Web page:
Inside the White Rum Renaissance

white rum

While the history of rum is full of tales of pirates and notorious politics, the history of white rum’s most famous cocktail – the Daiquiri – is surprisingly more prosaic.

In the late 1890s, an American mining engineer living in the Daiquiri Mountains in Cuba was entertaining guests and had run out of gin. He replaced it with light rum and the rest, as they say, is history.

Light rum is the “milk of Cuba” and as fresh limes are plentiful, it wasn’t long before the cocktail was perfected in Havana at the famous El Floridita Bar. Or so the story goes…

The hole in story, of course, is that Cuban white rum was highly esteemed even before the nineteenth century. Why did no one think of mixing lime juice and sugar before?

Of course, people probably did, however, the story does highlight the problem the white rum category has been saddled with since the very first daiquiri.

The Lost Rum

Every rum company produces white rum, but not many bother to spend energy and money to produce a world class example. White rum is dominated by a few companies (with big budgets). It is a highly competitive market cornered by huge drinks corporations.

Most white rums are neutral, a bit rustic and, dare I say it, vodka-like.  Not the sort of thing to excite serious rum aficionados.

When Alexandre Gabriel, was asked to consider producing a white rum with Plantation Rum, he admitted he was nervous. He attempted a premium white rum 15 years ago, but found the market was not ready for a serious rum without any colour.

Viva la revolucion!

However since Gabriel’s first experience, there has been a quiet revolution behind the bar. Bartenders are resisting the mega-brands and turning to the boutique.

There is movement towards craftsmanship in spirits. Aged rums are gaining a new appreciation with whisky drinkers, while complex rums from Martinique and Guadaloupe have gained an audience with serious Armagnac and Cognac drinkers. And now white rums are getting a look in too. This new excitement led Gabriel to try again and the result is the stunning  3 Stars Plantation white rum - a blend of 3 islands (Barbados, Trinidad and Jamaica), including a premium 12-year-old Jamaican rum.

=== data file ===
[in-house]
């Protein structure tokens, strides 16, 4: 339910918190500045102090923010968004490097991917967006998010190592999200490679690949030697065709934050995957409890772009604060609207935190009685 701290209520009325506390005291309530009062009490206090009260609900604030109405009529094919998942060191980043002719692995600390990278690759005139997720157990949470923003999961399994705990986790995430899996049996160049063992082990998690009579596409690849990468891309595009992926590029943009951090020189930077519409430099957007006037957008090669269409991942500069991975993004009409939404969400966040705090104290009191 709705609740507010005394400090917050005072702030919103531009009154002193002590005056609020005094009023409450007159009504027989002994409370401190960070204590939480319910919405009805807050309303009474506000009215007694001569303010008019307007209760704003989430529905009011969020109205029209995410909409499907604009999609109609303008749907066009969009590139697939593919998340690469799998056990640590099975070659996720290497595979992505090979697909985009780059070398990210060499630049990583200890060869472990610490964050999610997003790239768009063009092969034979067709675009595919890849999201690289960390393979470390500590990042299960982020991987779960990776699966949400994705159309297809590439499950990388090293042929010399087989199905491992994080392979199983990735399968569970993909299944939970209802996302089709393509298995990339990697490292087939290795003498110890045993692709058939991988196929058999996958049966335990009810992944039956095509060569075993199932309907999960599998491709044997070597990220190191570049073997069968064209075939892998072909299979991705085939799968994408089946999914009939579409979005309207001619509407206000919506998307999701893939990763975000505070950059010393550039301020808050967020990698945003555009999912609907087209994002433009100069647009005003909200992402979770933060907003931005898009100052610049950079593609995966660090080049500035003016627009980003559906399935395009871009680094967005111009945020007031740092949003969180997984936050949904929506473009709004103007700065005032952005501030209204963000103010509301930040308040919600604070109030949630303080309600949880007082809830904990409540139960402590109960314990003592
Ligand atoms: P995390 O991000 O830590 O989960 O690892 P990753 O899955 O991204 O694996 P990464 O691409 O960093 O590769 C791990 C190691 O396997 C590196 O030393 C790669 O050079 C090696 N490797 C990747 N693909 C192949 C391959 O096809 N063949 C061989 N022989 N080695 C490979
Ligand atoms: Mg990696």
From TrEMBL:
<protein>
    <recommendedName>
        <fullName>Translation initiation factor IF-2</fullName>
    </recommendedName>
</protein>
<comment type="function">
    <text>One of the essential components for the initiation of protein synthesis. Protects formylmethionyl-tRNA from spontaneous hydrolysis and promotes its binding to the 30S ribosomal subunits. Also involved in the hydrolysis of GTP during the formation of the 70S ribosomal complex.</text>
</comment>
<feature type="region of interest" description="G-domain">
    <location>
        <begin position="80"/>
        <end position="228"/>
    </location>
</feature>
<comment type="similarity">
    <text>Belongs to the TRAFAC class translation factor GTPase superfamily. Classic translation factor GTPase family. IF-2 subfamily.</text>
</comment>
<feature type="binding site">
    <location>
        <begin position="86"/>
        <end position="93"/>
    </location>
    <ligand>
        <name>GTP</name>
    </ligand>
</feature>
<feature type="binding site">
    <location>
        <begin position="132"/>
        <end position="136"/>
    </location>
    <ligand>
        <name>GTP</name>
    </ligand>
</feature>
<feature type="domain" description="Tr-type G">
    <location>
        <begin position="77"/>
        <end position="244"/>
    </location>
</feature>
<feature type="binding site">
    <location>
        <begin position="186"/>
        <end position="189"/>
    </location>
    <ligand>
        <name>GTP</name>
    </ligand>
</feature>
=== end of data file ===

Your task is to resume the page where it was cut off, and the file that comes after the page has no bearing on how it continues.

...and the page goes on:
In fact, Plantation 3 Stars White Rum was thoroughly tested on the daiquiri – one of the most demanding of cocktails, which according to the cocktail bible by David A. Embury, “The Fine Art of Mixing Drinks,” It is one of the six basic cocktails to be mastered, along with the Martini, Manhattan, Old-Fashioned, Sidecar and the Jack Rose.  Gabriel knew he’d got the blend right only when it worked perfectly mixed with lime and sugar.

Sublime with Lime

It is easy to forget the sublime simplicity of the classic daiquiri. After all, there are only three ingredients (2 ounces white rum, 1 ounce fresh lime juice, ½ ounce simple syrup). A good daiquiri needs good white rum.

Paul McFadyen (our resident rum expert) says the perfect rum for the daiquiri has “crispness with some balanced flavour – that’s why 3 Stars is such a complicated blend.”

Time to rise up, white rum lovers, and liberate your cocktails. Viva!

Juel Mahoney
13th June 2012

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